As co-chairs of FCN we want to continue to raise the visibility of the organization, create more opportunities for collaboration among federal communicators and offer more training events both virtual and in person. We understand that as dollars for training and travel get increasingly hard to come by, federal communicators need to leverage local and online resources to continue to grow and develop their work and their communication teams.

Cori W. Bassett Strategic Communications Director, U.S. Immigration and Customs Enforcement
I bring significant amount of organizational experience as well as communications experience in my 14 years as a public affairs professional. My work leading high profile marketing campaigns, event and training coordination and managing the online presence for both federal agencies and large nongovernmental organizations. Some of my biggest projects include leading multiple website rebranding efforts, launching a national museum display and assisting with the development of a federal smart phone app.

In my 14 years as a public affairs professional, I have led internal and external public affairs programs at the national and local levels. I served as a national spokesperson for U.S. Immigration and Customs Enforcement managing media relations and developing a variety of written and online products. In my current position as Strategic Communications Director for ICE, I develop public affairs policies, lead new major outreach initiatives and develop and oversee a wide range of print and online products as well as multi-media productions. I speak at professional public affairs conferences on a variety of topics including internal and external communication strategy and social media.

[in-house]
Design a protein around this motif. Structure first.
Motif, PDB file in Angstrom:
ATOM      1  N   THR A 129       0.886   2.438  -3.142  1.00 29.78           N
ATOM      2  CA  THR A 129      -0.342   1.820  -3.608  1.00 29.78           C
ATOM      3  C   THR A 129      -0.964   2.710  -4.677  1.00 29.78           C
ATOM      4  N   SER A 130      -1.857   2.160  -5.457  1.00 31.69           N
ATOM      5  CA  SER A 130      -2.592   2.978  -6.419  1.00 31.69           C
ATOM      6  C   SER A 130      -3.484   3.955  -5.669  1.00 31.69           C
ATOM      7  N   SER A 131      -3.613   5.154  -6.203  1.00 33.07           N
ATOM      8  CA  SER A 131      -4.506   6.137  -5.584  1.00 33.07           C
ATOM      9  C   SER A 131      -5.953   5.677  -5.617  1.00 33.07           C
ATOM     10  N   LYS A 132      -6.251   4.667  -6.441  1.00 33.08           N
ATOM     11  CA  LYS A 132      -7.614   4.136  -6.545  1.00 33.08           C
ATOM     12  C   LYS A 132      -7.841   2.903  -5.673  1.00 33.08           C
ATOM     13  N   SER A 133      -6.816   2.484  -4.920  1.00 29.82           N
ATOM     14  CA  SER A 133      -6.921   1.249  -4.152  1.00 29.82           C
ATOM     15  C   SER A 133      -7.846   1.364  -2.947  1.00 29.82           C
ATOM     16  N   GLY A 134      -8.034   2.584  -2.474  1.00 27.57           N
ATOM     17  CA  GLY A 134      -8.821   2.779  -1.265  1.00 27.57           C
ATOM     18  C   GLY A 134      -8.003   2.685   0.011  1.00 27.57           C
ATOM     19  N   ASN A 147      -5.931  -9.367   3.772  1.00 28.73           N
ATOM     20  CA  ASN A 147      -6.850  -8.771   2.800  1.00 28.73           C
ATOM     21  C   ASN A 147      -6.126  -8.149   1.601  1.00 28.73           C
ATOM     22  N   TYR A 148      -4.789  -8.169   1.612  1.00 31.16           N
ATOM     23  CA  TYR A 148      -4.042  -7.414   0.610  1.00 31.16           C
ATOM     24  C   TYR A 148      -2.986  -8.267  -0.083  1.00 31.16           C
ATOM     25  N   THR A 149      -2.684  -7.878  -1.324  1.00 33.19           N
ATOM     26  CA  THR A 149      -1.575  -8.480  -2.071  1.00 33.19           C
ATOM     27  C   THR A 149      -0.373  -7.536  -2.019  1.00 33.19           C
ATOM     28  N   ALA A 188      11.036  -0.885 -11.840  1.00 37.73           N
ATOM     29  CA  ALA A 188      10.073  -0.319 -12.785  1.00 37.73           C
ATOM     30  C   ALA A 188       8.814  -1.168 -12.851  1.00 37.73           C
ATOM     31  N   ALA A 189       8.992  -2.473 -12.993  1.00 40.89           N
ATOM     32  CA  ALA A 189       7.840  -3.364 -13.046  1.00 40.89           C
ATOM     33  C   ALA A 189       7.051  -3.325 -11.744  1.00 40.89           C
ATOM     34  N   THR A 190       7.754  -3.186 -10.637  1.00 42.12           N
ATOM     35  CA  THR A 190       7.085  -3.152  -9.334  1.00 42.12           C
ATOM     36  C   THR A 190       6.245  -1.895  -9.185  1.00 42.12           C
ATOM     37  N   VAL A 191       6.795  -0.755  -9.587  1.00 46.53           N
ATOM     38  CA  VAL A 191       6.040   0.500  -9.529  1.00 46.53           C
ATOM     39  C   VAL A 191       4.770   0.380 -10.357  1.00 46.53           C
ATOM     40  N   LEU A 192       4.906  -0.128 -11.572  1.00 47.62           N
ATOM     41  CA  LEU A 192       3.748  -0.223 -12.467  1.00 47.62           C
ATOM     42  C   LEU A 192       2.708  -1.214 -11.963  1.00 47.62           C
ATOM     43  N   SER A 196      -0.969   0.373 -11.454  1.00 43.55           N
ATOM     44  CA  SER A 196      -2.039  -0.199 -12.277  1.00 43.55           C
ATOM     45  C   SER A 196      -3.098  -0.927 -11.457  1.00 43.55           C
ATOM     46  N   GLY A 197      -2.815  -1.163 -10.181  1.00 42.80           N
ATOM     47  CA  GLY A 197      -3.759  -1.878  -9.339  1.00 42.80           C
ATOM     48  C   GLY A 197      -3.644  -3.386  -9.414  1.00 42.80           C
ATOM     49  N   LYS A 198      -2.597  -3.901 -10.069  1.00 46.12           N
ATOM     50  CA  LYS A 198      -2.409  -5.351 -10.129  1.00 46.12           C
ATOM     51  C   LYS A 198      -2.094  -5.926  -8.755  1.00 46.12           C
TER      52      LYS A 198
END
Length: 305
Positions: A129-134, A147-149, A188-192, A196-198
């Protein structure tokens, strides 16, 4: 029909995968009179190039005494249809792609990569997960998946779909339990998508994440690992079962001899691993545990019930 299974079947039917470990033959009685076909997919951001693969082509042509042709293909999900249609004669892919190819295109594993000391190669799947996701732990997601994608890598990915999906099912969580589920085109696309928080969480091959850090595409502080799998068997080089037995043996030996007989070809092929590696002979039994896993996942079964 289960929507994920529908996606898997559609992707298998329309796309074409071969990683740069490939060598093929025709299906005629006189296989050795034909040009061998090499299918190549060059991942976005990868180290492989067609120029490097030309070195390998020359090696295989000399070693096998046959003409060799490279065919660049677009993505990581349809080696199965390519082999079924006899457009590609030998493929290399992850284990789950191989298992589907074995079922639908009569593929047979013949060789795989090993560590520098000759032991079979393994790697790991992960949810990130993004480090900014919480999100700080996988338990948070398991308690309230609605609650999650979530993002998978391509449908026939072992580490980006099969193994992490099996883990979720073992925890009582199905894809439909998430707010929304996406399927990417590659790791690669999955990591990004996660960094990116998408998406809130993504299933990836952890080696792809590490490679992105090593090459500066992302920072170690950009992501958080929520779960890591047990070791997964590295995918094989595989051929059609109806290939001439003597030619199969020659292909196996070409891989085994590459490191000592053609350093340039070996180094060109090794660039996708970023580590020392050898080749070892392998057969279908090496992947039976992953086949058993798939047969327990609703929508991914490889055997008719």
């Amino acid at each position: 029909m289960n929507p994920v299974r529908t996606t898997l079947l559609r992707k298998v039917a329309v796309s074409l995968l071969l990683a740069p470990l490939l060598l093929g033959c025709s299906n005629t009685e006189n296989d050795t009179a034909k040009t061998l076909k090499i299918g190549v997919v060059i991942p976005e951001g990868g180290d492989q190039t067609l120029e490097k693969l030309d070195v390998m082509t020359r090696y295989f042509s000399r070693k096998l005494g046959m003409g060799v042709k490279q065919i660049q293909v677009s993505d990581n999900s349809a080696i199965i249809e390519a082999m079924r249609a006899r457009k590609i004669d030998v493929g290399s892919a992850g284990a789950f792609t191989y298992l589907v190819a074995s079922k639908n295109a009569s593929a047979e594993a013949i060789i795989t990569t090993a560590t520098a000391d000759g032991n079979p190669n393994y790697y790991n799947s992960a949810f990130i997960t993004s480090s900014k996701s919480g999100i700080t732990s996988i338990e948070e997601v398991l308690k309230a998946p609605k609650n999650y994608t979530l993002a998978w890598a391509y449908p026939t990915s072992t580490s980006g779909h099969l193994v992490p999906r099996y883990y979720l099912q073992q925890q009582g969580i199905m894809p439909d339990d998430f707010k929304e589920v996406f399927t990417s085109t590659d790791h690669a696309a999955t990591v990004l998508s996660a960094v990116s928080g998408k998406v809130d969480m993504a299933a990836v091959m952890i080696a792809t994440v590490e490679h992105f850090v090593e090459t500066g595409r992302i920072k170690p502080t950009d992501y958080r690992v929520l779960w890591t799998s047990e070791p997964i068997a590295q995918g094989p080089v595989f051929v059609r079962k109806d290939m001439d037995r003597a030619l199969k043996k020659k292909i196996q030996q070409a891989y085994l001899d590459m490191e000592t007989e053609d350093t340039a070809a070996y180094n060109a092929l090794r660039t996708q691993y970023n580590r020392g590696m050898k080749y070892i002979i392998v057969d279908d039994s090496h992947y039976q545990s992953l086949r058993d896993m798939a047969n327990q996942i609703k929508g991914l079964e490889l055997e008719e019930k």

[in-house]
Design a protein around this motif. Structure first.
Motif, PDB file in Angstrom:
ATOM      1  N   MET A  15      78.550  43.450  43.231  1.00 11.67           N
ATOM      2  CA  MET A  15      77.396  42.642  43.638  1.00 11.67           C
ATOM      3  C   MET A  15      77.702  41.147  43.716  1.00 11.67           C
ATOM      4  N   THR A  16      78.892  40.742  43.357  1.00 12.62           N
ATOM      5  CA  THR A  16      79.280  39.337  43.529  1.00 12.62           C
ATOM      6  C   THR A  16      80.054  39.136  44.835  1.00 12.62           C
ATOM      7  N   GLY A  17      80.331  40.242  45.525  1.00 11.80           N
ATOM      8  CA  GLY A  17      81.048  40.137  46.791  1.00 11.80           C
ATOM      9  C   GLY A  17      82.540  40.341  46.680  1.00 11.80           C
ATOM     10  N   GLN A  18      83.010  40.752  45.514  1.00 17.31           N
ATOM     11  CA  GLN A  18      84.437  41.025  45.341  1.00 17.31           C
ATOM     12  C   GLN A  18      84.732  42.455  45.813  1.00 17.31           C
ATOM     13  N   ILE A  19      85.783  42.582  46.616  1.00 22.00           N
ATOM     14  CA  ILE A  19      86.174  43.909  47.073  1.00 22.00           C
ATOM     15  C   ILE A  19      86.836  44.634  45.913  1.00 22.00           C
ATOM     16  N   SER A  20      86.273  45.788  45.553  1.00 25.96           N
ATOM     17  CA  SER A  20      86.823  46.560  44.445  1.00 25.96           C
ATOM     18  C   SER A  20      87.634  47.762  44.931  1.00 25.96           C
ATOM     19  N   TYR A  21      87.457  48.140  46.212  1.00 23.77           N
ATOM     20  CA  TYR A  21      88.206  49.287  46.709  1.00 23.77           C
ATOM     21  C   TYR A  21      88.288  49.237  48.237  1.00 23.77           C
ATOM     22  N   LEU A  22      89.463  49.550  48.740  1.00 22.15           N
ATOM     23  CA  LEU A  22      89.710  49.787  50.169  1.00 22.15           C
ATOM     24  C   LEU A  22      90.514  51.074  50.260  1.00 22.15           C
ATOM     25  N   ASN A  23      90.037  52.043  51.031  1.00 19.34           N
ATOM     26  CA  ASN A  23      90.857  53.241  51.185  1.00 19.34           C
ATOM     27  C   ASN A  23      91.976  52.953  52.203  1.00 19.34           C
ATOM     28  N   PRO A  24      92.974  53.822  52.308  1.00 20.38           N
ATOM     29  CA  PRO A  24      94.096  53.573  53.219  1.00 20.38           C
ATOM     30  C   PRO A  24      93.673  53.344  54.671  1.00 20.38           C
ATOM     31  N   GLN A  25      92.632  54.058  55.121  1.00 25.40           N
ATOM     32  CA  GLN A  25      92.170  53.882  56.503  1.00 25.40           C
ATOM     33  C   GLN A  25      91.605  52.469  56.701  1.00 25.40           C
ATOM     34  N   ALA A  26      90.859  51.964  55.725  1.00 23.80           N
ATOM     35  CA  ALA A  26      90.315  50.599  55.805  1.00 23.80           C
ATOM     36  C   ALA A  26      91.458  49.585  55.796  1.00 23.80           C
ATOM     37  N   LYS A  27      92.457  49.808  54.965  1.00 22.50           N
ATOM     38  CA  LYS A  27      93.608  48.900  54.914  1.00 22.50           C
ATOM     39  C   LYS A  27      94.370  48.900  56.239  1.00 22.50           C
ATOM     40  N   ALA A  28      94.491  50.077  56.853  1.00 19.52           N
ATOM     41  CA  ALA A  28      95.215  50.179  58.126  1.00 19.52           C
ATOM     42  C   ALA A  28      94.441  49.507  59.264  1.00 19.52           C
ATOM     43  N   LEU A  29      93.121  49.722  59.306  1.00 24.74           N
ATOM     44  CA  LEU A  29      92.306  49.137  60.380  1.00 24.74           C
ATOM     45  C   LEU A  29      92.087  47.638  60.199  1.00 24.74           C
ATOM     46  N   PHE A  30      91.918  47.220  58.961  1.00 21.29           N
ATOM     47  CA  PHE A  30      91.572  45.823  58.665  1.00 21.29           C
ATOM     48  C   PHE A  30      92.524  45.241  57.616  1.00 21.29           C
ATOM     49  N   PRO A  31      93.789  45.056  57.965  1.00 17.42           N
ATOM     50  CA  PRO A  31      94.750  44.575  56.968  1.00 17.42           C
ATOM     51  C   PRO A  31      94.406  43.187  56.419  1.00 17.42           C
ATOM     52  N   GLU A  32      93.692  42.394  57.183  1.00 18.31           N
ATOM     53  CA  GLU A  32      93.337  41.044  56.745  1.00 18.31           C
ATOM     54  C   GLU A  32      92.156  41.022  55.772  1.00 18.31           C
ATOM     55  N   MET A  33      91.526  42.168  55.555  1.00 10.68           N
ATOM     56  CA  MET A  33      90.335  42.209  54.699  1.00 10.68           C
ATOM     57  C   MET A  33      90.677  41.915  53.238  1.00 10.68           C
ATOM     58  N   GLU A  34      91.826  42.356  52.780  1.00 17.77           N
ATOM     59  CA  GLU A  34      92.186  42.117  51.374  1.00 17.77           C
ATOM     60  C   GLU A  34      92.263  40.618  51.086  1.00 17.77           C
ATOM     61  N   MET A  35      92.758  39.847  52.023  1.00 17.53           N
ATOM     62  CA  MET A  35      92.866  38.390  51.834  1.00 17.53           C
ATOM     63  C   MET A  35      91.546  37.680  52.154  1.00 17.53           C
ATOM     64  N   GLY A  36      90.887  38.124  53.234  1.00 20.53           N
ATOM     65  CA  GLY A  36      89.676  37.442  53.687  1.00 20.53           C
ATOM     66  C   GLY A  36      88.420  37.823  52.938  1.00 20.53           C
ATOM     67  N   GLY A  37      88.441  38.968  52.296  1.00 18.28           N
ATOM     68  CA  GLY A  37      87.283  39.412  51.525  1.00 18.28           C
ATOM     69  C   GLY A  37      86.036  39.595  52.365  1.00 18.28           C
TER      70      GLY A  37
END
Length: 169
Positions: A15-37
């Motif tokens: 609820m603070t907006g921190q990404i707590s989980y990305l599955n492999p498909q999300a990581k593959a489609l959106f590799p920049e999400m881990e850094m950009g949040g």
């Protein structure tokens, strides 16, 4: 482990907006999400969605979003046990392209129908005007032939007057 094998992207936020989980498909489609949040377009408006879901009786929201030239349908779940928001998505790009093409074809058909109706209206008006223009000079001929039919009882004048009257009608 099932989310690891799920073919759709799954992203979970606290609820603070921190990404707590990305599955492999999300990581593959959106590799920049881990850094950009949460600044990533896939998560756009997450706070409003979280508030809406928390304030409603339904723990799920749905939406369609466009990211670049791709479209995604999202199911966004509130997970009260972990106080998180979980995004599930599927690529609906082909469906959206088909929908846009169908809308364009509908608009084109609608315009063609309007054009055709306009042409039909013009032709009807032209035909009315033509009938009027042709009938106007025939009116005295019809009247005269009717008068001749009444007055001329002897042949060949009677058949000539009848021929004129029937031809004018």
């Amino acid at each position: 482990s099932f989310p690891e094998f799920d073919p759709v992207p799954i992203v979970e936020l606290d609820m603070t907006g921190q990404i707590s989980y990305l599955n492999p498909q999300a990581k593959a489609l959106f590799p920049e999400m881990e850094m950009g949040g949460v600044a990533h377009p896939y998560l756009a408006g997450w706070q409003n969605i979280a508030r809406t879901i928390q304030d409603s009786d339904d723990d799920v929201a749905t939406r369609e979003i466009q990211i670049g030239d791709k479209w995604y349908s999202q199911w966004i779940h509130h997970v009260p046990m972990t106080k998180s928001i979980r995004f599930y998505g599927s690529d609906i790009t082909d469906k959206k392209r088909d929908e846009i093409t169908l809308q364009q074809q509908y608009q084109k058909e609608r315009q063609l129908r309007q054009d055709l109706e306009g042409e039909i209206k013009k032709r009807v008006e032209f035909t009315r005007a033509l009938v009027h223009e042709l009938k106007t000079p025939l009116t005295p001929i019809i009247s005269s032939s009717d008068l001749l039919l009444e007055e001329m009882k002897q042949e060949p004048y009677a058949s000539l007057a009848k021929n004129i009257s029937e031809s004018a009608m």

Debra Harris Public Affairs Specialist, Defense Finance and Accounting Service
I have more than six years’ experience leading project teams and creative teams. I bring 17 years design experience in both federal government and corporate environments. I have managed several communication strategies and special projects that required research, planning and evaluation.

I led a complete overhaul of the agency website. The project included selecting a new host, purchasing software, creating the design and navigation, migrating content and training team members. I’ve written and executed communication plans for a variety of needs aimed at both the agency’s internal and external audiences. This includes drafting messages, creating designs, defining methods of distribution and measuring the success of a variety of media such as web content, social media posts, videos, infographics, brochures and presentations.


Activity Coordinators

Aubrey McMahan

Internal Communications Specialist, U.S. Geological Survey (USGS)
Aubrey on LinkedIn
Less than 3 years experience in government communications